I had an opportunity to see “Swan Lake” at the Bolshoi when I was a child; my school offered students who were interested in seeing the ballet a day trip to Moscow. The outing was entirely voluntary, and the children who did not wish to go would get a day off school instead.
Guess which option my stupid nine-year-old self went with.
A time would come, some eighteen years later, when I would bitterly regret my decision.
My family moved overseas soon after, and our travels took us further and further away from Theatre Square, eventually landing us fourteen thousand kilometres away, in Australia.
In 2013, I was not far enough along my ballet “journey” to know about QPAC‘s International Series and had missed the Bolshoi’s first visit to Australia in over two decades. But when QPAC managed to secure the Bolshoi international tour again in 2019, I was ready.
Wednesday, 26 July, 7:30pm
Spartacus Denis Rodkin
Crassus Artem Ovcharenko
Aegina Ekaterina Krysanova
Phrygia Maria Vinogradova
Choreography Yuri Grigorovich
Music Aram Khachaturyan
Design Simon Virsaladze
Music Director Gennadi Rozhdestvensky
Lighting Design Mikhail Sokolov
Conductor Pavel Sorokin
Libretto by Yuri Grigorovich after the novel of the same name by Raffaello Giovagnolli, ideas from the scenario by Nikolai Volkov used.
Before I begin recounting my experience, I should acknowledge an important detail: the QPAC stage places the Bolshoi dancers at a disadvantage. Not only is it significantly smaller than their stomping ground – the stage “Spartacus” was created for – but it isn’t raked either.
The opening night cast did not get a run-through, though a general rehearsal had taken place the night before. Consequently, the dancers who performed on the 26th did so with little prior experience of the space. Throw jet lag into the mix, and you have a serious challenge on your hands – one that the Bolshoi, true to form, rose up to, delivering a powerful performance.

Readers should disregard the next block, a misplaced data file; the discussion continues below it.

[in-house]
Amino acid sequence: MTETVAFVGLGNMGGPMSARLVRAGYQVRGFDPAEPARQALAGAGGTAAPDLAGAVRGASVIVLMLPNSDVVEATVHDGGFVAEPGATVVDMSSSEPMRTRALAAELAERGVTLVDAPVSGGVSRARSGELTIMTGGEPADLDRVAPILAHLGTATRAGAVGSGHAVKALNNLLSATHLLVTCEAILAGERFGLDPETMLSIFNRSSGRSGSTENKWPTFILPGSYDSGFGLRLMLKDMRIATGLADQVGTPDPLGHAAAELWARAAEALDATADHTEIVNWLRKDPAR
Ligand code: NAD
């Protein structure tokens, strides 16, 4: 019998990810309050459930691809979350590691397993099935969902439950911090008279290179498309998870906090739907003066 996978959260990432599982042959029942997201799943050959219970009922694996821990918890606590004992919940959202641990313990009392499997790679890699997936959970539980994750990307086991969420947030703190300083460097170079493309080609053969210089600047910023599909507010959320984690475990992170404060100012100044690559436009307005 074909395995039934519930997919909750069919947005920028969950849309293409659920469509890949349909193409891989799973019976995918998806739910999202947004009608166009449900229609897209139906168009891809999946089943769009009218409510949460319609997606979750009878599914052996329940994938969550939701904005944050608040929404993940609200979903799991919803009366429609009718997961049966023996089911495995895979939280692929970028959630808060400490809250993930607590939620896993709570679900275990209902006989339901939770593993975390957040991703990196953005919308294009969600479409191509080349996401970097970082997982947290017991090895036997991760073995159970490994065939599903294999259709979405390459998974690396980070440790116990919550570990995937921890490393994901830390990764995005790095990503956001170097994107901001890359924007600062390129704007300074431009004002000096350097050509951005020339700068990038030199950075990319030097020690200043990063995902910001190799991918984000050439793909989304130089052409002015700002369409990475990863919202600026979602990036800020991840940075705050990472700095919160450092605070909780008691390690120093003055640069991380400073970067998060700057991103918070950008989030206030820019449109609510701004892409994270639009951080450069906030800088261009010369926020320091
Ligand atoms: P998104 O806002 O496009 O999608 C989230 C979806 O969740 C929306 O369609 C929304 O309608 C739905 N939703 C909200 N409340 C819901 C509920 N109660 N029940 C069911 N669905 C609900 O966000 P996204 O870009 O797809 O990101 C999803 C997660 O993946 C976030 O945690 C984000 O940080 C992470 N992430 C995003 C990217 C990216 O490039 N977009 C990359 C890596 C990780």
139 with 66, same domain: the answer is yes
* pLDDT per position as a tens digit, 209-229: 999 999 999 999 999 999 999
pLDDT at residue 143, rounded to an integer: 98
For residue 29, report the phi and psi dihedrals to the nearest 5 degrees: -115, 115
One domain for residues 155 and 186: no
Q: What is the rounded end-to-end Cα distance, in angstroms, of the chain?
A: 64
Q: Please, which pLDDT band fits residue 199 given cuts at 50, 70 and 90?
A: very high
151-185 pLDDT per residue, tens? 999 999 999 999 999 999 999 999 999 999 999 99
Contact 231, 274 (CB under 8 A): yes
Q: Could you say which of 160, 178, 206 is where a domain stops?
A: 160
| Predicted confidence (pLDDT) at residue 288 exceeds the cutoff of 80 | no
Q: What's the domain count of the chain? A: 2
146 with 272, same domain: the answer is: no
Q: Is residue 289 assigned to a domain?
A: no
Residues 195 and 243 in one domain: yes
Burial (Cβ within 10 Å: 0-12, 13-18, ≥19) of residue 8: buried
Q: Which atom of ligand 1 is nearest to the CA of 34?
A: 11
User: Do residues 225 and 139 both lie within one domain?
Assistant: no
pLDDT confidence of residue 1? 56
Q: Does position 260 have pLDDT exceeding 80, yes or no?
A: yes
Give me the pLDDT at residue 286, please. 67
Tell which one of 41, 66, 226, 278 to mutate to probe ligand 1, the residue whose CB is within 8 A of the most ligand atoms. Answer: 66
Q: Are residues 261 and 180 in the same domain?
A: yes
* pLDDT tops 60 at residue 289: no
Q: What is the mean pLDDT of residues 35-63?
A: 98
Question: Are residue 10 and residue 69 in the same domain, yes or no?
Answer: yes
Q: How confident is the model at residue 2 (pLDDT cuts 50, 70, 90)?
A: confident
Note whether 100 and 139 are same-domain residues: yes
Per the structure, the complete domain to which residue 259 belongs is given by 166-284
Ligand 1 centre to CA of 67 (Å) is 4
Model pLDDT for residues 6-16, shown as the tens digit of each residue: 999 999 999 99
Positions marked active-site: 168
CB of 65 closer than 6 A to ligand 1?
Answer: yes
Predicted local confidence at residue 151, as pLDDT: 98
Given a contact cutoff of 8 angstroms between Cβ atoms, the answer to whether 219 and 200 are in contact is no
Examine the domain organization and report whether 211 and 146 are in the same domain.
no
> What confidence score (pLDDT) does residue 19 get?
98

The corps de ballet, in particular, should be commended. Unlike in many other ballets, the “Spartacus” corps doesn’t just provide a frame for the story, they drive the narrative and command the atmosphere on the stage, and they handled the challenges thrown at them remarkably well.
Some critics later argued that the smaller stage “intensified the explosive performance“, though I personally felt that dancers were restricted by the space.
Rodkin somewhat confirmed this when we spoke later that night (he was very aware of the tight space between the screen and the orchestra pit while dancing), though this was an offhand comment rather than a grumble (Rodkin doesn’t strike me as a person who ever grumbles).
Despite its subject matter, “Spartacus” is an inherently Russian production. Khachaturyan began working on the score during the Second World War, so the ballet has always carried a personal significance for the Russians. Roman symbology – later adopted by the Nazis – such as the Roman salute and the Reichsadler (Imperial Eagle) feature heavily in the production, while some of the sets have a certain Third Reichesque feel to them. At the heart of the story is “antiquity’s greatest man”, as Karl Marx had put it, fighting against an evil oppressor. Given the context, it is hard to imagine a more patriotic production.
Anyone remotely familiar with Russian ballet would be aware of Yuri Grigorovich’s status as a living genius. In a world where the word has worn thin with use, he is a man who stands alone. And with good reason. Grigorovich’s ballets have endured for nearly a lifetime, and “Spartacus” has remained the Bolshoi’s flagship production since its premiere in 1968.
Looking back on the ballets I have seen in the past, both live productions and recordings, I can often pick out one element – be it the music, the costumes, the set design, the choreography, or the acting – that was particularly memorable and stood out on its own. I can’t manage the same with “Spartacus”, no matter how hard I try. I can’t even separate Khachaturyan’s music from the production; all the elements are fused together.